Age of Arousal
Manbites Dog Theater
Through June 13
There's more than a whiff of paleontology to the words "our most recent ancestors," which playwright Linda Griffiths uses to refer to the Victorians in an explanatory essay included in the published version of Age of Arousal. But before the end of that play's first act, Griffiths' gutsy, engaging—and frequently poignant and funny—theatrical case history in the anthropology of gender and human sexuality has made its point. In so doing, this exploration of the women's suffrage movement—and the social conditions in 19th-century England that led to several schools of early feminist thought springing out of it—avoids two of the major pitfalls such historical speculations are heir to.
For errant cultural anthropologists have occasionally understated the distance between the subject they've studied and their audience, in the rush to assert universality in some part of human experience. Similar techniques have just as inappropriately exoticized the other in different circumstances, claiming the distance between cultures or times are too great to admit genuine common ground or understanding.
Griffiths' achievement in Age of Arousal is to show us, at once, both how "frighteningly contemporary," in the author's words, these Victorian proto-feminists are to our present worldview, and how distant they are at the same time. Moreover, the playwright's penchant for a theatrical device she terms "thoughtspeak"—having actors deliver their characters' internal thoughts in a sort of verbal italics, alongside the ones they actually speak—repeatedly exposes both their characters' loftiest aspirations and their basest human weaknesses. Since she does, Griffiths avoids another frequent foible in the theater of social conscience—our tendency to beatify our champions out of the realm of human experience.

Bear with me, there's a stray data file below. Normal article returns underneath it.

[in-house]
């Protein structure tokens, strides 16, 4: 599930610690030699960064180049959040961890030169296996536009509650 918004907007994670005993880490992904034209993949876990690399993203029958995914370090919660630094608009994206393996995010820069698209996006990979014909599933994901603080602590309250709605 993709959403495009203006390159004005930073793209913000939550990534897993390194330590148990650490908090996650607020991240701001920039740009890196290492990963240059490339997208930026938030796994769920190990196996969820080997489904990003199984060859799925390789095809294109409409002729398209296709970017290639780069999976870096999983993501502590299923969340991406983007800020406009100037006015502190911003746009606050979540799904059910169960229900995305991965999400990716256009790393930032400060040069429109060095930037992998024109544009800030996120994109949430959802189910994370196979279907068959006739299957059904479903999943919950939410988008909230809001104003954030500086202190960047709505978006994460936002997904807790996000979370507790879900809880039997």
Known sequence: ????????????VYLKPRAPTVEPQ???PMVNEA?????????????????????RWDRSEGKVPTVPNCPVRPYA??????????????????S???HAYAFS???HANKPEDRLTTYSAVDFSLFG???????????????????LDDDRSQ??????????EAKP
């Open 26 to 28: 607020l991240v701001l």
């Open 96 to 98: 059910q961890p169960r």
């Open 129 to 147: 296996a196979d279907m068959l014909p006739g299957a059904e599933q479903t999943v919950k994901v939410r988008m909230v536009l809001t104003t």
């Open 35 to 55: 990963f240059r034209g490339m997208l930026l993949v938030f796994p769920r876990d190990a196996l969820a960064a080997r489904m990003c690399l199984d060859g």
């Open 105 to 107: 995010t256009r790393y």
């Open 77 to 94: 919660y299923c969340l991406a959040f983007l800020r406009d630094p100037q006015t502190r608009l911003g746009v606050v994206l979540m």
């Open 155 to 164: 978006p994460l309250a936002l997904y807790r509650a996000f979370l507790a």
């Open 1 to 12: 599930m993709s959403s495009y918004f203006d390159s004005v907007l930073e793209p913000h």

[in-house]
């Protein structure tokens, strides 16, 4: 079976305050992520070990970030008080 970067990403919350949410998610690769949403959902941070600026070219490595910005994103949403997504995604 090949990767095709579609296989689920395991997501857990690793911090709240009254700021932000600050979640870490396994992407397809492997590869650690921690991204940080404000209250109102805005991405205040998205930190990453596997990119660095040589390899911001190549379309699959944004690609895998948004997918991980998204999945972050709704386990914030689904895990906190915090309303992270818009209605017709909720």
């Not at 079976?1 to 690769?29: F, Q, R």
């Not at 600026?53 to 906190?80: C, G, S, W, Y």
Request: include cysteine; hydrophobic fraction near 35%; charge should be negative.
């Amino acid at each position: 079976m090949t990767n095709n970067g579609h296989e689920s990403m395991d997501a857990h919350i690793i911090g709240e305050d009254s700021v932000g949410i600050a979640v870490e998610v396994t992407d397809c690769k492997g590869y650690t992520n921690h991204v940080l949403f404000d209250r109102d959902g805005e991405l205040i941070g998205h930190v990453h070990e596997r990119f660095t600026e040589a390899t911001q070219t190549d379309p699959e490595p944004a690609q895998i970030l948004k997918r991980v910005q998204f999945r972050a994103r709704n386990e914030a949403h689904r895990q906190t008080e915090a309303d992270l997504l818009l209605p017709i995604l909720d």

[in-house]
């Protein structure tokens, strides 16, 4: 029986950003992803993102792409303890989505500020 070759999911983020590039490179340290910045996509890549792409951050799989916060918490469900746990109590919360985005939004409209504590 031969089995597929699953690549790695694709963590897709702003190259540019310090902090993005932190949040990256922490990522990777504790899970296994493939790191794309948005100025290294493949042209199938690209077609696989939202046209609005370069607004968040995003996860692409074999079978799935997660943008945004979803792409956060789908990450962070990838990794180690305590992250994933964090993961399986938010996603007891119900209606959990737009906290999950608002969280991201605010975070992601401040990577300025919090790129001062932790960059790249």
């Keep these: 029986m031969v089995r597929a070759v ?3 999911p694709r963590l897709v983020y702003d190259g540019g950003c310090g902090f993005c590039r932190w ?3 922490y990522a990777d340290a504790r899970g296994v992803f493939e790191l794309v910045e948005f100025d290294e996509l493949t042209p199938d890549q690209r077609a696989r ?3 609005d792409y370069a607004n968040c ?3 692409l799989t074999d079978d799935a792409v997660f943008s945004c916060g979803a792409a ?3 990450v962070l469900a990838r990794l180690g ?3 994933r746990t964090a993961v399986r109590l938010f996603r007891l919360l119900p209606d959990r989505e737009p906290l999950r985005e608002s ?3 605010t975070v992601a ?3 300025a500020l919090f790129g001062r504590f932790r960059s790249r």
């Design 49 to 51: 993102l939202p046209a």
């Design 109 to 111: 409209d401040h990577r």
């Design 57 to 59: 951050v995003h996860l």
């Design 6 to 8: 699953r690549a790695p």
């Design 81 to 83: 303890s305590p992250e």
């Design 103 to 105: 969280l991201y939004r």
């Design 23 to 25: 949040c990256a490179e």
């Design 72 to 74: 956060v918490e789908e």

Mary Barfoot, an ex-militant suffragist, candidly aspires to lift all women into the public realm through teaching them secretarial skills in the 1880s. But jealousy and loneliness do not place her above manipulating her protégé (and increasingly reluctant lover), Rhoda Nunn, or seeking something approaching worship from newer students. Barfoot's brother, the suggestively named Everard, wrestles with laughably voiced thoughts of sexually "initiating" two characters. At the same time he is clearly struggling, on a deep level, to imagine—and then live out—a mutually emancipating relationship with an idealized "New Woman."
The fact that several characters are on this same lookout characterizes the social work in process here more as evolutionary than revolutionary. Where at least two characters reject sexuality—one albeit with considerably more difficulty than the other—to pursue their greatest self, a third embraces sex unreservedly, in an early echo of a major thread in third-wave feminism a century or more later.
Jane Hallstrom delivers a career-defining performance here as suffragette Mary Barfoot, while Nicole Quenelle carefully probes the double binds of desire and duty in yet another intricately developed character study. Lenore Field burns with Alice Madden's spiritually feminist longings, while newcomer Kristin Elliott notably contemplates an entirely different vector of transformation as Monica. Actor Dana Marks' and director Kevin Ewert's interpretation of Virginia indulges in cheap laughs early on, but arguably leaves her character's later transformation still a shade too hypothetical. Though no one should be shocked to learn that Jay O'Berski gets major comic mileage from his character's predicament, he gives his character's ultimate quest its needed gravity.
Griffiths' achievement in an intellectually rigorous but never fusty script is to show us women—and one man—reaching, through a series of conflicting human desires, dreams, beliefs and needs, to evolve themselves and, in doing, to help create a culture that—as one character who quotes Germaine Greer puts it—"endows our differences with dignity and prestige." Perhaps, to take a small liberty with Ewert's program note, it is an evolution that "has still not quite happened yet." Still, this look back to an earlier stage in our development is bracing, touching—and, ultimately, encouraging.